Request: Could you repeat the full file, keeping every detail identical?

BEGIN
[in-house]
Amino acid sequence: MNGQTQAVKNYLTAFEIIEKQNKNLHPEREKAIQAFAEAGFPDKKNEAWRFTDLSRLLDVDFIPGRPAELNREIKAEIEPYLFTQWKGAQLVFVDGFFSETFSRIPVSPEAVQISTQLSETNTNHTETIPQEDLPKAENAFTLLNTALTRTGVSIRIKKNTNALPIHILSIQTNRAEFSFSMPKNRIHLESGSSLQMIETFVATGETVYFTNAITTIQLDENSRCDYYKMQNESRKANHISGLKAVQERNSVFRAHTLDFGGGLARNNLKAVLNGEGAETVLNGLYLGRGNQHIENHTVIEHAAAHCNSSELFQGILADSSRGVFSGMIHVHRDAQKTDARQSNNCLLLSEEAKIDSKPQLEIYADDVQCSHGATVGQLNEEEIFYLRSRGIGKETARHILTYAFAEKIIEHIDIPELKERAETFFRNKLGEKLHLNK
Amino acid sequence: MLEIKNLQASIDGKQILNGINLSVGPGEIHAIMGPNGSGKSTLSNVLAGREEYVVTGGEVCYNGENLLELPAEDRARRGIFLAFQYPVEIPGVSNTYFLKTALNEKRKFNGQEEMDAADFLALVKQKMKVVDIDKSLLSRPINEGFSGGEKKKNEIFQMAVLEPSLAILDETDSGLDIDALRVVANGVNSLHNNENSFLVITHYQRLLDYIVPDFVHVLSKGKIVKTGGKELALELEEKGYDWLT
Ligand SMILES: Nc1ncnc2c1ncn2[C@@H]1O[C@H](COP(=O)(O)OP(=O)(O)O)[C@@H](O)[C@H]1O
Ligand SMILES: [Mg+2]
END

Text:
[in-house]
Amino acid sequence: MNGQTQAVKNYLTAFEIIEKQNKNLHPEREKAIQAFAEAGFPDKKNEAWRFTDLSRLLDVDFIPGRPAELNREIKAEIEPYLFTQWKGAQLVFVDGFFSETFSRIPVSPEAVQISTQLSETNTNHTETIPQEDLPKAENAFTLLNTALTRTGVSIRIKKNTNALPIHILSIQTNRAEFSFSMPKNRIHLESGSSLQMIETFVATGETVYFTNAITTIQLDENSRCDYYKMQNESRKANHISGLKAVQERNSVFRAHTLDFGGGLARNNLKAVLNGEGAETVLNGLYLGRGNQHIENHTVIEHAAAHCNSSELFQGILADSSRGVFSGMIHVHRDAQKTDARQSNNCLLLSEEAKIDSKPQLEIYADDVQCSHGATVGQLNEEEIFYLRSRGIGKETARHILTYAFAEKIIEHIDIPELKERAETFFRNKLGEKLHLNK
Amino acid sequence: MLEIKNLQASIDGKQILNGINLSVGPGEIHAIMGPNGSGKSTLSNVLAGREEYVVTGGEVCYNGENLLELPAEDRARRGIFLAFQYPVEIPGVSNTYFLKTALNEKRKFNGQEEMDAADFLALVKQKMKVVDIDKSLLSRPINEGFSGGEKKKNEIFQMAVLEPSLAILDETDSGLDIDALRVVANGVNSLHNNENSFLVITHYQRLLDYIVPDFVHVLSKGKIVKTGGKELALELEEKGYDWLT
Ligand SMILES: Nc1ncnc2c1ncn2[C@@H]1O[C@H](COP(=O)(O)OP(=O)(O)O)[C@@H](O)[C@H]1O
Ligand SMILES: [Mg+2]